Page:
Maktub: Say What You Mean

Kenneth Yu

I wanna have frontman Reggie Watts's babies.


Say What You Mean

Label: Velour
US Release Date: 2005-04-12
UK Release Date: Available as import
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When one writes about Maktub, one has particular associations to play around with. For example, most reviewers will highlight the band's Seattle roots, drawing yet another tired comparison to grunge, trying to spur its "heavy soul", its brand of funk/rock/R&B alchemy into yet another new homegrown movement. Or, if less trendsetting-inclined, they may describe its ferocious live shows in vivid Technicolor detail. However, when the reviewer remains halfway across the world, there's neither basis of juxtaposition, nor any means of physiological connectivity. Hence, with only the album as evidence of talent, the only thing I can say right now is:

I wanna have frontman Reggie Watts's babies.

Indeed, Watts's voice sends shivers down my spine. That lovely baritone invites you to where the water is warm, gently tugging you in waistband-first. It is wanton seduction without the niceties of dinner, jumping straight into the passion and wild hot lovin'. He is Chef from South Park, but double the sexiness and attracting attention far beyond that of white, buxom cartoon women.

Far, far beyond.

Reggie Watts is the Marvin Gaye of the 21st Century.

It is his multifaceted voice that drives the album along. From the oral gymnastics to loud caterwauling, Watts does it all and does it all masterfully. And how about that glorious heavenly falsetto, a coo so bad-ass that he is able to make indie-pop pansies Chris Martin and Tom Chaplin quiver and piss in their pants. He's the black potent lover's voice in the predominantly emasculated white boy world of indie rock.

Casting the enchanted groupie tendencies aside, it must be said even though Watts's vocals are the highlights, Maktub isn't just an over-glorified backing band for his charisma. In Say What You Mean, the band holds its own, creating a solid rhythm section that complements Watts's abilities instead of merely supporting them.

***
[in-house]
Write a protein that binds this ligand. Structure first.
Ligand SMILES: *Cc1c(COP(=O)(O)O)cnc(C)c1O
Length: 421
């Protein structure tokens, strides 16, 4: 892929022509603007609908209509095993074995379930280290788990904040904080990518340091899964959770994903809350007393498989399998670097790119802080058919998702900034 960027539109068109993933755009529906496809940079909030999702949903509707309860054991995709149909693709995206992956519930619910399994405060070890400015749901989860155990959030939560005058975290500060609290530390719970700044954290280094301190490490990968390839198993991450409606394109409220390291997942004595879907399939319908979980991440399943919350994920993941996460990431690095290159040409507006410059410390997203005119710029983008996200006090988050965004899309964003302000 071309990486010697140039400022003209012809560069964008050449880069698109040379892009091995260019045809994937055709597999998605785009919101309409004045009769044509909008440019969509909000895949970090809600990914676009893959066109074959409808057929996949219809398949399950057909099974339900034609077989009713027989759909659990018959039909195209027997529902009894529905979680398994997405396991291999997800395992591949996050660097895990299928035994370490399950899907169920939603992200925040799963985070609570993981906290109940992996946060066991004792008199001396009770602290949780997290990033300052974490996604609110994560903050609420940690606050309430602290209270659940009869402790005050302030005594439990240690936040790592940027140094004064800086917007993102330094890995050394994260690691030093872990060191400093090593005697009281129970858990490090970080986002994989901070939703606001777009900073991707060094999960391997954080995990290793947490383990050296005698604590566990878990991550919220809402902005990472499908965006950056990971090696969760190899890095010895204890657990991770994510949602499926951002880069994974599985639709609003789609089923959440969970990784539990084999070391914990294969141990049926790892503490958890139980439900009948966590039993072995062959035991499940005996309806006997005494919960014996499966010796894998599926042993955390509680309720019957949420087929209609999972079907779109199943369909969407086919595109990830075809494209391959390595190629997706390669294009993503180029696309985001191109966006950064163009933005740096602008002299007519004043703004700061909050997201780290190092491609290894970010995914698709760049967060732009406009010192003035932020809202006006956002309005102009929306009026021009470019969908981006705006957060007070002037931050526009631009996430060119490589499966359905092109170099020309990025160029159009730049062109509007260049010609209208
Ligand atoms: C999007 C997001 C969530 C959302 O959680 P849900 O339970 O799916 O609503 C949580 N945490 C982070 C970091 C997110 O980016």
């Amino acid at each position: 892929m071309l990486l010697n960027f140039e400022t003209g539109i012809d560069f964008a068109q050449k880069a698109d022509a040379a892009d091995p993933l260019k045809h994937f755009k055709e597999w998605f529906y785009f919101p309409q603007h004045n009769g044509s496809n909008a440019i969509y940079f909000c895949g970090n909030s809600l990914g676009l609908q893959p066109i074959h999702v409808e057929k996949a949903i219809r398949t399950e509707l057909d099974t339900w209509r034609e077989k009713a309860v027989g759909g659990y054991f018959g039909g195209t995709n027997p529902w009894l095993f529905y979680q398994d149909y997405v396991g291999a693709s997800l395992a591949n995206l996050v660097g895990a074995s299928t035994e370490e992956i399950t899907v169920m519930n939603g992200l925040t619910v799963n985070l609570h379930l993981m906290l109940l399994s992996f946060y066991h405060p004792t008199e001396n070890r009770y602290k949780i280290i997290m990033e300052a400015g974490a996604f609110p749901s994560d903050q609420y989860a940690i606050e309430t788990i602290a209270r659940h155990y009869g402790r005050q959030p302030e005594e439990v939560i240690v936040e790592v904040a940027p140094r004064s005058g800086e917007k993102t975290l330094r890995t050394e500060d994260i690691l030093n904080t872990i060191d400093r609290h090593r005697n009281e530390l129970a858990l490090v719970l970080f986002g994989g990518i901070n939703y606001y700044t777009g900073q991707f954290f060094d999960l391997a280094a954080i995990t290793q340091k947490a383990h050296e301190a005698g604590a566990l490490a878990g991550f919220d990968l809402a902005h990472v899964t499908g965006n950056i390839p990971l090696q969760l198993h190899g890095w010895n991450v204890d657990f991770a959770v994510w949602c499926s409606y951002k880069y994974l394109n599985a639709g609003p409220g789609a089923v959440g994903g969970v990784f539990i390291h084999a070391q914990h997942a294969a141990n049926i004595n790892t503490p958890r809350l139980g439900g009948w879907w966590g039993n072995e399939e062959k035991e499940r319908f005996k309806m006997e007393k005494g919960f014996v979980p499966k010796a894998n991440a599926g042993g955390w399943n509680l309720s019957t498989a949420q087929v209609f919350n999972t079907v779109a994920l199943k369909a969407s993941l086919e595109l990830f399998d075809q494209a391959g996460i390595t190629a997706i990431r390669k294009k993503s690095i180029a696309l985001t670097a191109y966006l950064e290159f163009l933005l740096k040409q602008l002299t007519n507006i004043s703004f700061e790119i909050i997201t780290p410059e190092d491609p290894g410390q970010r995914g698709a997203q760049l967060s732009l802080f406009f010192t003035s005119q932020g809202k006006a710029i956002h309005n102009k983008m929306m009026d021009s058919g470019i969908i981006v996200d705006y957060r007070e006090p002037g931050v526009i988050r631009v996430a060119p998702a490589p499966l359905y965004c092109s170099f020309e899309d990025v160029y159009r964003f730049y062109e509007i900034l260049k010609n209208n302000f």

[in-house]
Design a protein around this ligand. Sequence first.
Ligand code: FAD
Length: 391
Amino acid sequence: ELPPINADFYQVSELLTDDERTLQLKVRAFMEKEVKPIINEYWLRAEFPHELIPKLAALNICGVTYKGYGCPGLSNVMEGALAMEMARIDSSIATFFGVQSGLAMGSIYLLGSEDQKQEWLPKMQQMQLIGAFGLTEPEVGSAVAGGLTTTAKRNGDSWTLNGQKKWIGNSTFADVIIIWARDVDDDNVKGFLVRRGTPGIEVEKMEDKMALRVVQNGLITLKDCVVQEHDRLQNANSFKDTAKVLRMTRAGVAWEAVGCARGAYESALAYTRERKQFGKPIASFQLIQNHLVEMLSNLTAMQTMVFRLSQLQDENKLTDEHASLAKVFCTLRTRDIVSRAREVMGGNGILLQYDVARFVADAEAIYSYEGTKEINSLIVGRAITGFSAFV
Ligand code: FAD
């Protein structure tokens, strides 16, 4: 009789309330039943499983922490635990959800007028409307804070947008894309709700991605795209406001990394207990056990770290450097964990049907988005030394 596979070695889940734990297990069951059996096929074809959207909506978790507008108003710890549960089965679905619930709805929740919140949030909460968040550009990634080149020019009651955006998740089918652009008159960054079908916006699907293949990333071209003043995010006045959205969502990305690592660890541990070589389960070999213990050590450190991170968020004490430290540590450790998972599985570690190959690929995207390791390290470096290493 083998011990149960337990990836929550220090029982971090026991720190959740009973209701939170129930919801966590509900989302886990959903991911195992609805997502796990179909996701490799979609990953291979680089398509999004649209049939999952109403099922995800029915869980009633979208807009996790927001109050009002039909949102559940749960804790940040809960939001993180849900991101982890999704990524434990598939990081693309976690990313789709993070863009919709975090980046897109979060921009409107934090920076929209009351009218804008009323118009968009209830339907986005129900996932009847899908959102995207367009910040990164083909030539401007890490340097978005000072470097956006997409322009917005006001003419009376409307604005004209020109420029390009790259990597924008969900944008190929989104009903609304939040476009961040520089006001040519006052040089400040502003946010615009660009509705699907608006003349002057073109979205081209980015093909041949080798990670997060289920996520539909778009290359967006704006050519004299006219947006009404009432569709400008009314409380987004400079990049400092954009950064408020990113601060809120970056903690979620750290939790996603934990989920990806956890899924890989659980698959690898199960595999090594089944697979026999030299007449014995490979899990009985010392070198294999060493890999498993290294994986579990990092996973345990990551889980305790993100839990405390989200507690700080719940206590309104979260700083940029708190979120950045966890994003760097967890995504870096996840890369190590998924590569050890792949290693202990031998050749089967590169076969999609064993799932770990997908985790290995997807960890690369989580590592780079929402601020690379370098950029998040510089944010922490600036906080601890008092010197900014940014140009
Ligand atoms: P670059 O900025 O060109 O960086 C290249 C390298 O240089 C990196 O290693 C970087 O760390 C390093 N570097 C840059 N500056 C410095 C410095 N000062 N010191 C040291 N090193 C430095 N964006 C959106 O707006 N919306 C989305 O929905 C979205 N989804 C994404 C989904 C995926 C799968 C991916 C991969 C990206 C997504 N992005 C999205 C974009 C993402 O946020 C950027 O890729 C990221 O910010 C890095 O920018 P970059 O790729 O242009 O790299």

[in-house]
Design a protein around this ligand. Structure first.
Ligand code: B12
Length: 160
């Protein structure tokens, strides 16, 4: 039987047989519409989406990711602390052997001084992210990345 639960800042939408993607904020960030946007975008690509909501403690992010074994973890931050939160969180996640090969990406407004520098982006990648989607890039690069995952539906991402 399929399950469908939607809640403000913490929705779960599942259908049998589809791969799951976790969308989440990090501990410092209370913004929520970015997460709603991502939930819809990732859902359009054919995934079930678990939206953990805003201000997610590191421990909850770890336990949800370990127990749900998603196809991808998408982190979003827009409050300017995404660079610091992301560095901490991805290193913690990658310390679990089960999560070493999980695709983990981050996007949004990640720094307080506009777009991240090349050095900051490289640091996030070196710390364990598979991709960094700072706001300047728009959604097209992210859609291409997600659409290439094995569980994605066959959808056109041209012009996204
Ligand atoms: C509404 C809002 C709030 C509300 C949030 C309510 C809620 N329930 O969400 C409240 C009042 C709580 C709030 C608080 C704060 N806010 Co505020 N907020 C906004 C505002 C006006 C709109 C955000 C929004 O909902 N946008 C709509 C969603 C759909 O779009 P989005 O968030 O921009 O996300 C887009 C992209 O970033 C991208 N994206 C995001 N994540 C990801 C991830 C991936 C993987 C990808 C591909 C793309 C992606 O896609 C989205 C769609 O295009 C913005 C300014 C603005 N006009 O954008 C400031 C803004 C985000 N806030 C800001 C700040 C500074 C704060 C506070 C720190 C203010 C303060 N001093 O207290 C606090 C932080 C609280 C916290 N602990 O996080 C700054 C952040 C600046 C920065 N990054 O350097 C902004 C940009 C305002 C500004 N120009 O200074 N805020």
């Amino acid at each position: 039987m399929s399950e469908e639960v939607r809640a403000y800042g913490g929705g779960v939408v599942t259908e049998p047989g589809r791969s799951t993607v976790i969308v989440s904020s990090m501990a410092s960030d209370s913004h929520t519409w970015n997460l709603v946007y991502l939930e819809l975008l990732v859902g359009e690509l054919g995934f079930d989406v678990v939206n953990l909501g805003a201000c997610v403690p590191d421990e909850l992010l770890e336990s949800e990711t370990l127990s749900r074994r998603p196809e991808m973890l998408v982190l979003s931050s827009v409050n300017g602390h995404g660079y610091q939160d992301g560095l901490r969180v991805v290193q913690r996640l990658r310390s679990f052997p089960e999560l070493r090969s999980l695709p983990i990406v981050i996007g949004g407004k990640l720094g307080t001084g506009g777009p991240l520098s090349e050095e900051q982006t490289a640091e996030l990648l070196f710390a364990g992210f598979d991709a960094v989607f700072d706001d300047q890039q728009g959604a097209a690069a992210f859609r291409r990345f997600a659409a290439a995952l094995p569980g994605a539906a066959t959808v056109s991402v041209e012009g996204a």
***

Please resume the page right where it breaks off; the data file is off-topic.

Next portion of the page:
Maktub has a pre-washout Hootie and the Blowfish-like penchant for poppish melodies, yet possesses a musical sophistication that is demanded by the influences of the soul and R&B genres. The sweet melodies are driven by even more lip-smacking virtuosity, musicians who play so tightly that there's no idle space between them. Maktub is a musician's band, the easy listening equivalent of a Mars Volta or Fantomas.

The title track is brilliant, not just one of the best songs on the album but on my personal "Top 10 Lovemaking Songs of All Time" list as well. It is soul turbocharged with rock beats, the usually overly relaxed countenance being made over a sense of urgency. "Say What You Mean" opens with Watts sexily crooning a come-hither "oh yeah" and then smoothing his way into the jagged edges of a failing relationship. The chorus is a gorgeous plea, a tasteful intersection of two countermelodies and various arrangements stacked one upon another, making a sumptuous layer cake. We can't tell if Watts and his estranged lover had kissed and made up, but with this song delectable enough to eat, the journey is so much more alluring than any destination.